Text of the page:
Located in the Jonathan Force’s Heirs addition, 650 Lillie Street was technically acquired by Henry H. Miller in 1888, when Force and Miller entered an agreement to sell a portion of the addition’s land. When Force died unexpectedly later that year, Miller embarked on using legal proceedings to ensure Force’s agreement was kept in place posthumously. Some records and maps indicate that a home may have already been located on the property prior to Miller’s official acquisition and may have provided a heightened impetus for the promised procurement.

In 1918, Henry H. Miller, Jr. inherited the house at 650 Lillie Street. Shortly thereafter, he quit claimed the property to Emma Burns and her husband, William. The Burns’ son, Milton, started the Burns Pharmacy on the southwest corner of Bluff City Boulevard and St. Charles Street in 1937.

Then, and now, pharmacies play an important role in our lives, but this pharmacy was particularly special. Boasting a famed recipe for malted beverages, people flocked to the sit-down counter for one of “Burns’ Malts.” No need to travel back in time to try one of these, however, as the original owners of Al’s Café and Creamery bought the recipe from Burns’ Pharmacy. Al’s is still a popular spot for malts today, and is also a plaqued property, located at 43 DuPage Court.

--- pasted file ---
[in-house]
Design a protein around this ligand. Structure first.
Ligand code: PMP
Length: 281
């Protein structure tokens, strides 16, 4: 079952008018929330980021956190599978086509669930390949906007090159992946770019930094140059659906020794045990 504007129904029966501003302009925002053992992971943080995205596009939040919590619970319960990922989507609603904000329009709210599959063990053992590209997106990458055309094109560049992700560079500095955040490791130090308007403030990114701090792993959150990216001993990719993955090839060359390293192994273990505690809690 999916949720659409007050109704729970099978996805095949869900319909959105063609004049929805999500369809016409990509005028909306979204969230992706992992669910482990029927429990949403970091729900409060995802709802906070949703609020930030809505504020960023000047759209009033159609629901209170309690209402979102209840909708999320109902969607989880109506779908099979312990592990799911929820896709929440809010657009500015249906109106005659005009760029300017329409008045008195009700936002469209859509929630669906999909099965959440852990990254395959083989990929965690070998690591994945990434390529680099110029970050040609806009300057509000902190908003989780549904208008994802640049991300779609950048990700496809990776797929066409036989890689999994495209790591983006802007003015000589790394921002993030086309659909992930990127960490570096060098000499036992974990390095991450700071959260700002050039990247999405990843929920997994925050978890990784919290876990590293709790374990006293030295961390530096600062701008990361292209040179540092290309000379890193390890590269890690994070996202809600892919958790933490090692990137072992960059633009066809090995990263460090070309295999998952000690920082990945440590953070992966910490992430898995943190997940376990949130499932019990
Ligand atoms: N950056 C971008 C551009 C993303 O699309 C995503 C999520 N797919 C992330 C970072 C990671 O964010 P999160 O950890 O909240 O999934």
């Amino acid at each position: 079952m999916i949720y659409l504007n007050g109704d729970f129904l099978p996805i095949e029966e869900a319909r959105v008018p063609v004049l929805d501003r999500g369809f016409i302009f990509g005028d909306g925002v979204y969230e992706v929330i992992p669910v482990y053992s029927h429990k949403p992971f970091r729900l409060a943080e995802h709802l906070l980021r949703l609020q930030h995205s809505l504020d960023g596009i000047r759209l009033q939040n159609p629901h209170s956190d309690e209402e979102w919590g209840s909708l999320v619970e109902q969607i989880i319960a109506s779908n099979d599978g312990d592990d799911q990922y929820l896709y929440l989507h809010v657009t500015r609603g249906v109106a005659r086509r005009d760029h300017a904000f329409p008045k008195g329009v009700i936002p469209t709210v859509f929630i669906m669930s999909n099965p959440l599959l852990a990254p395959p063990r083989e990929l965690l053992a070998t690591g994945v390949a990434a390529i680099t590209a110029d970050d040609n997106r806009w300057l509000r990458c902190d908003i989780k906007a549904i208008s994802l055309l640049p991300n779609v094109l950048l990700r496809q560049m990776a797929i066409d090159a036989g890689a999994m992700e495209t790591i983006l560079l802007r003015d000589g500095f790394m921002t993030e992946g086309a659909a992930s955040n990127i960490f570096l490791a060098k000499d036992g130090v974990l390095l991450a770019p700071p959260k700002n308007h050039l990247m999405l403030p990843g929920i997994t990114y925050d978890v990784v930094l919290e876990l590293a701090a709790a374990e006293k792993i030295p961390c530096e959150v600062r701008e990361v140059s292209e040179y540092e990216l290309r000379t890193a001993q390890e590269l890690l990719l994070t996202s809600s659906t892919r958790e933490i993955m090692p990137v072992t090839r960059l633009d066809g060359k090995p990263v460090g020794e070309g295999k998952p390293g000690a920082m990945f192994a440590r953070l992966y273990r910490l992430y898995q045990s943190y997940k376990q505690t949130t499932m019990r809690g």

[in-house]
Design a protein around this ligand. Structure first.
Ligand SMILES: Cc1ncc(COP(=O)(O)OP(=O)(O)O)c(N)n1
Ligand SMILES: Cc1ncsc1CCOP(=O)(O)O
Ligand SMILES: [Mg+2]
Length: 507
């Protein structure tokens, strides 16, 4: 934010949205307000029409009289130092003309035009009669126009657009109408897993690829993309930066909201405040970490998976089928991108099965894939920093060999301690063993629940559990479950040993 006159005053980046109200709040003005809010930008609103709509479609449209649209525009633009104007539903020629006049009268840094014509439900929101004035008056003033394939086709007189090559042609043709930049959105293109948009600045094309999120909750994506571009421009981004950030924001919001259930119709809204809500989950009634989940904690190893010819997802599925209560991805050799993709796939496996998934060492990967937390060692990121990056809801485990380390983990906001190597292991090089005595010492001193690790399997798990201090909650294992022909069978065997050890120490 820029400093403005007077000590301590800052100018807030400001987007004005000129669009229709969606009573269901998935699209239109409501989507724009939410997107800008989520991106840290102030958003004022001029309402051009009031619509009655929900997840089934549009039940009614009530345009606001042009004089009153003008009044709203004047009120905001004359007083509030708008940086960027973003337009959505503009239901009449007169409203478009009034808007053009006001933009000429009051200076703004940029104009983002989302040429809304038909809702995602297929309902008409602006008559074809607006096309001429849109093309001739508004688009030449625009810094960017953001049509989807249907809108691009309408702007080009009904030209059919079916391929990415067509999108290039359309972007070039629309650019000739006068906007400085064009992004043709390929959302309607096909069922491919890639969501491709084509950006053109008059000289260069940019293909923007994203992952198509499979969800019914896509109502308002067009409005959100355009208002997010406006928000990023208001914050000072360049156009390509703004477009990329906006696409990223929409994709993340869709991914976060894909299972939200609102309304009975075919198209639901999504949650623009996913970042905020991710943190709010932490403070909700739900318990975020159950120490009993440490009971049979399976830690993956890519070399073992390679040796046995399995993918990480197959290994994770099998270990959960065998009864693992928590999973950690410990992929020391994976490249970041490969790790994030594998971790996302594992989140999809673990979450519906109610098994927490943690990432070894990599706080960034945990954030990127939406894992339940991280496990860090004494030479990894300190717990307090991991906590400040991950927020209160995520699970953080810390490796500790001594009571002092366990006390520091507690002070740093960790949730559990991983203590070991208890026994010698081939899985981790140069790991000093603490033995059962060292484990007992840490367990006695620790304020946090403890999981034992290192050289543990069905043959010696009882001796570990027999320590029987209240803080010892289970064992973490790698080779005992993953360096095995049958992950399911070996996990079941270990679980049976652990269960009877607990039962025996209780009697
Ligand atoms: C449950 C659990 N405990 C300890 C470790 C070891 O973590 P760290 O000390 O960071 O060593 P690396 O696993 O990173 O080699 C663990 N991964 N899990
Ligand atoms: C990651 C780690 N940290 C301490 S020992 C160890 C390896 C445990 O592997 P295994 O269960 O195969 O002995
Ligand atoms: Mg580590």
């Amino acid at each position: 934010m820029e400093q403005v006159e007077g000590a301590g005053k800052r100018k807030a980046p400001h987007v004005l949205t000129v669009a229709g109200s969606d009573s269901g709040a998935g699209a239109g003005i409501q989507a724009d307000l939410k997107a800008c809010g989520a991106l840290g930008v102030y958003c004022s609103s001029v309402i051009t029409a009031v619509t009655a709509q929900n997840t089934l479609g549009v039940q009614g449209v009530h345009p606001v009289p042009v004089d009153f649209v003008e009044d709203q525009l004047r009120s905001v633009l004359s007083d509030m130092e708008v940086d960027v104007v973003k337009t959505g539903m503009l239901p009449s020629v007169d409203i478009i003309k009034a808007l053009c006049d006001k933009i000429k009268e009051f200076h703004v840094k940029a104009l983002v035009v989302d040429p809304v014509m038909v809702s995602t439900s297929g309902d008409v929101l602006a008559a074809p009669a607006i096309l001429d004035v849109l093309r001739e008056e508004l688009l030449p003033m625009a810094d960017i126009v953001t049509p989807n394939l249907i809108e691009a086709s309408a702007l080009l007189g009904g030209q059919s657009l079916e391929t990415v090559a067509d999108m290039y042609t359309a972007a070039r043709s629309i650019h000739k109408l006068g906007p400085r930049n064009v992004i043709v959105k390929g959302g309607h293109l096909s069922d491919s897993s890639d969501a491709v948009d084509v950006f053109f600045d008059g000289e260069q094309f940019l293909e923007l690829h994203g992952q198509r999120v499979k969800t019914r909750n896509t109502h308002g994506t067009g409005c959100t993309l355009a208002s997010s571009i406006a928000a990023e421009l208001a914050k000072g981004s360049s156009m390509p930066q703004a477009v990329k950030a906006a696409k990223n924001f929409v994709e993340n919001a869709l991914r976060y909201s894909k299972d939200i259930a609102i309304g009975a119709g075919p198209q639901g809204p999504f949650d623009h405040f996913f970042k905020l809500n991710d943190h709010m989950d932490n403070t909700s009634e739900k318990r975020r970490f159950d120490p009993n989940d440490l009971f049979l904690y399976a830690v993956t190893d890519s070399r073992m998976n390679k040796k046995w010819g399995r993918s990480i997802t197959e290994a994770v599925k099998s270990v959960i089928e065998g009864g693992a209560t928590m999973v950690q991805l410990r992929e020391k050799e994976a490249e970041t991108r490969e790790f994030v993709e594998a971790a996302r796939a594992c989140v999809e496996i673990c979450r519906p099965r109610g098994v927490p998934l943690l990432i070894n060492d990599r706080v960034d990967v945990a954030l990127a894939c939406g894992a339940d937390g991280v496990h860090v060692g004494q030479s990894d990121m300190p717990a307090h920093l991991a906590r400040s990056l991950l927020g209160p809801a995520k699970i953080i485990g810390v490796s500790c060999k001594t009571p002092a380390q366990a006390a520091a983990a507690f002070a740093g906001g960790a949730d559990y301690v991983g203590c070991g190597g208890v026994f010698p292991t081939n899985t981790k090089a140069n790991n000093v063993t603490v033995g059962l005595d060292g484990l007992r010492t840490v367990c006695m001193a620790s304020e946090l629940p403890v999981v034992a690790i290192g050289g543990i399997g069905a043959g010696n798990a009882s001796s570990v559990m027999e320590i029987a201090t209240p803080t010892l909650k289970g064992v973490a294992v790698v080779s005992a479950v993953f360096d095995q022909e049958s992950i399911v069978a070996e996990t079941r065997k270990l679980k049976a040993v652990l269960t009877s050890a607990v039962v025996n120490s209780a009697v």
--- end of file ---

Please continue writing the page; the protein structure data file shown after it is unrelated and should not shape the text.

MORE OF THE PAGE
In 1950, Milton Burns quit claimed his inherited interest in 650 Lillie to his sister, Edna Burns Anderson, who became sole owner of the house until 1978 when she sold the property.


650 Lillie Street is an example of the relatively simple and plain Gable-Front and Wing style. As the railroad allowed for a wider distribution of materials not necessarily locally sourced, homes of this sort because more commonly two, rather than one, stories tall, as the materials needed for construction became easier to transport.

This two-story, L-shaped floor plan, single-family home exhibits wood clapboard exterior siding with wood 1-over-1 double hung windows.  Marked in the in the Illinois Urban Architectural and Historical Survey for Lord’s Park as contributing to the local significance of the neighborhood, the estimated original date of construction is c. 1870.



Sources: 1999 Heritage Plaque Application; Audio: TextAloud